Cal Shakes' 'As You Like It' Evokes Ghost Ship and Tent Cities
Like many Shakespearian comedies, As You Like It begins in discord and works it way to a tense happiness. More so than the tragedies, these rueful takes on love’s travails feel emblematic of the times, or at least our most hopeful version of them. Director Desdemona Chiang’s class-conscious meditation on this run-away-to-the-forest-and-slip-into-a-better-world fantasia at California Shakespeare Theateris fascinating, though uncertainly executed.
We begin in the court of Duke Frederick, who has wrested political control from his elder brother, Duke Senior, both played by James Carpenter with his customary élan and precision. The fissure in the first political family seems to have nestled its way into all the relationships of the kingdom, from the best to the worst. On the side of the best, there's Rosalind and her cousin Celia, who adore each other despite the rift between their fathers; on the worst, look to Orlando and his brother Oliver, who are in a battle over the younger’s rightful standing in the world.
We sense the natural nobility of Rosalind and Orlando, and so when for various reasons they're both forced into exile, it feels unjust but also a wild opportunity for new freedoms. And that’s where Chiang takes a daring gambit: the forest of Arden, which serves as the domain of Duke Frederick’s brother, and the place where our daring exiles find themselves upon being banished, is not a forest at all; it's a derelict warehouse.
The transformation of the set from the verdant Arcadia of the court to the industrial landscape of Oakland -- both displaced and bohemian -- is a breathtaking transposition. The production feels like it's going to take off with it. The most beautiful scene of the evening is when the exiled Duke speaks to his lords of the joys of living outside the court: “Now, my co-mates and brothers in exile/Hath not old custom made this life more sweet/Than that of painted pomp?”
Well, that's the question of the day, isn't it? And you can’t help but think of the Ghost Ship and its many doubles, the tented homeless encampments under 980, and all the provisional communities that find living in the court of the Bay Area impossible. And so people seek out communities that are both more precarious and fulfilling. Concepts like these often feel tacked on, conceits without resonance. It’s amazing how easily the play slides into Chiang’s vision of the utopia that can be found in a dystopia.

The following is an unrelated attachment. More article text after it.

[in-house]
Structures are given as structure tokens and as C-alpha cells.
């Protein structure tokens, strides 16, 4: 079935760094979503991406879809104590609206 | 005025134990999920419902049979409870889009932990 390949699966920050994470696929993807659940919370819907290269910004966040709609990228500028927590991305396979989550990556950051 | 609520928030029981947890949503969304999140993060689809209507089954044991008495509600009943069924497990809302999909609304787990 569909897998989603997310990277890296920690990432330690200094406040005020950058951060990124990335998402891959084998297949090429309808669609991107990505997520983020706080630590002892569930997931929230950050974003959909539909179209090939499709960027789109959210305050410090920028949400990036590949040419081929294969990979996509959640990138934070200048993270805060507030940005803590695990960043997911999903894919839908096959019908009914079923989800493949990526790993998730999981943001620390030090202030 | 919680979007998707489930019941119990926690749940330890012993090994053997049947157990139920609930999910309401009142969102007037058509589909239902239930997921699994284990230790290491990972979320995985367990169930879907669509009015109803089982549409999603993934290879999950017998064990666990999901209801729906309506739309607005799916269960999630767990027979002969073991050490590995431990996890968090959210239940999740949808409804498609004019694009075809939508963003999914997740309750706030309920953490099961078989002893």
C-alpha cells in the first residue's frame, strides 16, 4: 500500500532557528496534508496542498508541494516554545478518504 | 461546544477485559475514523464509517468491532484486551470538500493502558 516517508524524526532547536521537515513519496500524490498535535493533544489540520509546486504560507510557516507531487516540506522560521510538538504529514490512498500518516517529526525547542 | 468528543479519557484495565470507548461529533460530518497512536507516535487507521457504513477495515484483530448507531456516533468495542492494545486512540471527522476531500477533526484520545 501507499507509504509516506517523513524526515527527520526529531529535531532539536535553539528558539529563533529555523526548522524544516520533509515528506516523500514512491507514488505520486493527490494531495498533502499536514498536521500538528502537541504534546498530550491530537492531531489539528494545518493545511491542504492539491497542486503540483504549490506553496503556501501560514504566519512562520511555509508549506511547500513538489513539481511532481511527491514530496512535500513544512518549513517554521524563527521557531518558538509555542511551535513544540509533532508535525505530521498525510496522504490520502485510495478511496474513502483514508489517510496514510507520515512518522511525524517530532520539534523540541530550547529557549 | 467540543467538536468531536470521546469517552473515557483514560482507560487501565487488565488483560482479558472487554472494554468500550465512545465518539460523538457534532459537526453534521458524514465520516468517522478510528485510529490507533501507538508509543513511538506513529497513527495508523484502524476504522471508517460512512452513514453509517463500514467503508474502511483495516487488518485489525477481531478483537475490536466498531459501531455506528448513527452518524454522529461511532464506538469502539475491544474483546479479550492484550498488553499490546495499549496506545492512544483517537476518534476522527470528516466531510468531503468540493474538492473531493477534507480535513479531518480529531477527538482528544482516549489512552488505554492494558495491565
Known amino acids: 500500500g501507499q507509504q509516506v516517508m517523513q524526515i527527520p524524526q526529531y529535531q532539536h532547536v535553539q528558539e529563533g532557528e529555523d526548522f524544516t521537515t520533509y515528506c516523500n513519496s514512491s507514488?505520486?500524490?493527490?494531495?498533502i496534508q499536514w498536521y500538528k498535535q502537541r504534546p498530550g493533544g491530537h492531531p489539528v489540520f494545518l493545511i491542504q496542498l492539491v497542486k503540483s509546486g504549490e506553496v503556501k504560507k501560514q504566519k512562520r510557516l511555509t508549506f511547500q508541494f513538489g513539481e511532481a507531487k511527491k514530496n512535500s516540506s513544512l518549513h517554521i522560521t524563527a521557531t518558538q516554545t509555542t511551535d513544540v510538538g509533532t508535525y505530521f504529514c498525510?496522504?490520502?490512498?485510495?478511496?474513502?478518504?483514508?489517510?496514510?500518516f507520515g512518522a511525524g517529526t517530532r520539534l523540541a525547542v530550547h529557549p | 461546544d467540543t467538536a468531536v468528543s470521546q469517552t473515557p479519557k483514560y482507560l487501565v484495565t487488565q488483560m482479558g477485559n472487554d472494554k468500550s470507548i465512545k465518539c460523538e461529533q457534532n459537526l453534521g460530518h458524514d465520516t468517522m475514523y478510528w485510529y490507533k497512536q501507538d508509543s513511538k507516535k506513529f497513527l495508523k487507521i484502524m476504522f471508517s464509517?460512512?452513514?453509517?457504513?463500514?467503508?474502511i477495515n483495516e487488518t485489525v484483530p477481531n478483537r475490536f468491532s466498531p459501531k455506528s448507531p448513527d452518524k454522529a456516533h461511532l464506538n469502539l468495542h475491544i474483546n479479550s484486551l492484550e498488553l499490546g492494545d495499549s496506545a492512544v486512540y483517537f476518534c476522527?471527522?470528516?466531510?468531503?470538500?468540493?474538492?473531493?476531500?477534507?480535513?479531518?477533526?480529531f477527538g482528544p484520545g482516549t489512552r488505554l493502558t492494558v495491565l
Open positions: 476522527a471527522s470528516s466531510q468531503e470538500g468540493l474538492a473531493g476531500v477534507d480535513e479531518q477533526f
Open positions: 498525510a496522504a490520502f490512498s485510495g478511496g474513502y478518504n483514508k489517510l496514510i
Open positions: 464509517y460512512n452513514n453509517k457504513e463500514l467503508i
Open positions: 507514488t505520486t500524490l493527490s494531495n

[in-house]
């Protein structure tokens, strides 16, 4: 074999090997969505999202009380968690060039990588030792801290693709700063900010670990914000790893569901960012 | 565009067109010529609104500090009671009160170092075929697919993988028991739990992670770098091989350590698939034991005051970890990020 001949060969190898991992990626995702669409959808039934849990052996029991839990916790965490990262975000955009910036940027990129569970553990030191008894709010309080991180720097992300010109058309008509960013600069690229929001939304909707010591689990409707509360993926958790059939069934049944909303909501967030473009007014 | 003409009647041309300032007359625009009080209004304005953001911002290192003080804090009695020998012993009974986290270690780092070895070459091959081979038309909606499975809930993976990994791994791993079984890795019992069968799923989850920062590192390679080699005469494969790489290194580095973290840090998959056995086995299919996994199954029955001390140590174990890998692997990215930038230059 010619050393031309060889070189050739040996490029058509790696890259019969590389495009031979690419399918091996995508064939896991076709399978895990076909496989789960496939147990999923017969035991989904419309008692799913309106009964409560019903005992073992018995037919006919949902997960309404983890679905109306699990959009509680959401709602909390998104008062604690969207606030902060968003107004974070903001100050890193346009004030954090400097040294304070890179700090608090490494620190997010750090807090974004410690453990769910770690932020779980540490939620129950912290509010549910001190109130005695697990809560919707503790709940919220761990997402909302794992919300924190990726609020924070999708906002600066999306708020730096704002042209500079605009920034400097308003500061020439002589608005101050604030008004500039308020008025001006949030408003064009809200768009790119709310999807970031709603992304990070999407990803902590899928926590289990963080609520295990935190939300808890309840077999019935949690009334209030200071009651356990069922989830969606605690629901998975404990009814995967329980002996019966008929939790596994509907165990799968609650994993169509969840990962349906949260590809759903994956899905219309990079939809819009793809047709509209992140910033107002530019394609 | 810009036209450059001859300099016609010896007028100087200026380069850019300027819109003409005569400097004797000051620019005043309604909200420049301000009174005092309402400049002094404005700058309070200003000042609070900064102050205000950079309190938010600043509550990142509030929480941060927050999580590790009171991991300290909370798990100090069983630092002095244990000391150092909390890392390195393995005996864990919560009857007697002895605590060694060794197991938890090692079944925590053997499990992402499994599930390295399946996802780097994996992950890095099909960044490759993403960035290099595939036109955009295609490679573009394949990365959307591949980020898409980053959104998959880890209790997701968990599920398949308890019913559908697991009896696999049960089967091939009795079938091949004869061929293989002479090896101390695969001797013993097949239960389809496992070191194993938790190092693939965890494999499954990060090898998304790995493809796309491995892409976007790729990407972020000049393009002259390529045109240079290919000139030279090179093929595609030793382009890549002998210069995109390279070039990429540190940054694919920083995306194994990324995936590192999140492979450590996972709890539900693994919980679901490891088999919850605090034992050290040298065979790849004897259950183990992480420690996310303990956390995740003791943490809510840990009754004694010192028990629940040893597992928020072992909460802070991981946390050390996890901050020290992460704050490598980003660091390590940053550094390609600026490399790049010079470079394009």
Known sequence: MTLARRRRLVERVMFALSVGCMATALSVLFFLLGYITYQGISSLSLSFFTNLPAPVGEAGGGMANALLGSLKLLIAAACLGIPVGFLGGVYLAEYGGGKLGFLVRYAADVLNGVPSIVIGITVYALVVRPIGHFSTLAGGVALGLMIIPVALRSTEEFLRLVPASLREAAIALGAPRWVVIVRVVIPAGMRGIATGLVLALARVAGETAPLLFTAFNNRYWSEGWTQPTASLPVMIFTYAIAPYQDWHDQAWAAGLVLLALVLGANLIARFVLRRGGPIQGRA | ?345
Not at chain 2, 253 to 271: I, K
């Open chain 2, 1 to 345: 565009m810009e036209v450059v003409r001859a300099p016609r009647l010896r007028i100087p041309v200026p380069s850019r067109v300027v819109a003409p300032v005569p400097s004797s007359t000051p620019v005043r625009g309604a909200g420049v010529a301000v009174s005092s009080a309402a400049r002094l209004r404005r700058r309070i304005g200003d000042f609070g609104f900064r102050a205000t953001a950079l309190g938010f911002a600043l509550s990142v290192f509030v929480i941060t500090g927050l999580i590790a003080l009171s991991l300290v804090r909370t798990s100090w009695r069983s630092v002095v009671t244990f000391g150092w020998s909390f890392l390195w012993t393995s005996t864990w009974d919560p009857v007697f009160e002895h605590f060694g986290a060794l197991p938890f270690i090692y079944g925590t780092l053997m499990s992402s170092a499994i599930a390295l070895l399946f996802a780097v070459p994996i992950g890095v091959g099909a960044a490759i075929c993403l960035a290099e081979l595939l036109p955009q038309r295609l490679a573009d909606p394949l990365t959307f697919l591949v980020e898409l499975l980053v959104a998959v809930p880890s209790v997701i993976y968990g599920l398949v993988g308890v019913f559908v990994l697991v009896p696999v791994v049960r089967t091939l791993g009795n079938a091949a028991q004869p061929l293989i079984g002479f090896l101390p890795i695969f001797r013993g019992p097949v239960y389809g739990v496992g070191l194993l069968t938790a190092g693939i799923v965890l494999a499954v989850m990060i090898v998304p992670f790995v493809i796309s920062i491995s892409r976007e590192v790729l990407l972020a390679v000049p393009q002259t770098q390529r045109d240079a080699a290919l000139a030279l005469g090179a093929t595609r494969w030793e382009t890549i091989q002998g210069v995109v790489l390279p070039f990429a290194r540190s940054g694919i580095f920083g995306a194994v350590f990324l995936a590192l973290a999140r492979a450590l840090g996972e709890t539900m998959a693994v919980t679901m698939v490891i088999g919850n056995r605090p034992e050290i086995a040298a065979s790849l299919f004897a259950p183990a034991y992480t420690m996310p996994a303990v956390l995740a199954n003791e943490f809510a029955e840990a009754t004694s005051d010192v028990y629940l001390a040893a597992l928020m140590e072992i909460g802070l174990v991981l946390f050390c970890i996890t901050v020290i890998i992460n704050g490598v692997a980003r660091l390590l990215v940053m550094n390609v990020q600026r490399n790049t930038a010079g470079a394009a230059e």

But for all the thoughtfulness of the ideas, this As You Like It fails to achieve the verve and life it promises. Many of the problems come from Chiang’s inability to sustain any kind of dramatic momentum from scene to scene. It’s not so much how the scenes play out, but rather the transitions that are a problem. The few that do work -- a rapid-fire costume change that takes us from the exiled Duke’s warehouse to his brother’s chambers in a flash of an instant -- are striking and you wonder why the rest of the production is so lack.
You want the force of Chiang’s insights to suffuse every aspect of the play, and yet nothing feels properly put together. The visual field is muddied, and the stage is at one and the same time too cramped and too large. In a clever updating, Orlando spray paints Rosalind’s name all over the warehouse set. Yet Patrick Russell, who’s terrific in the role, can’t seem to navigate the set to make the grand gestures necessary for his character and the play. It’s a wonderful idea, yet it falters under unsure execution.
Shakespeare’s realism is vast and supple. It contains not just grand visions of the world, but also the granular details of actual life. You can feel this production opening the door to a world we haven’t quite seen and connections we haven’t quite made. But just as surely, it shies away from all the sinew and grit that might have made every last bit of it splendidly real.
California Shakespeare Theater's 'As You Like It' runs through June 18 at Bruns Amphitheater in Orinda. For tickets and information click here.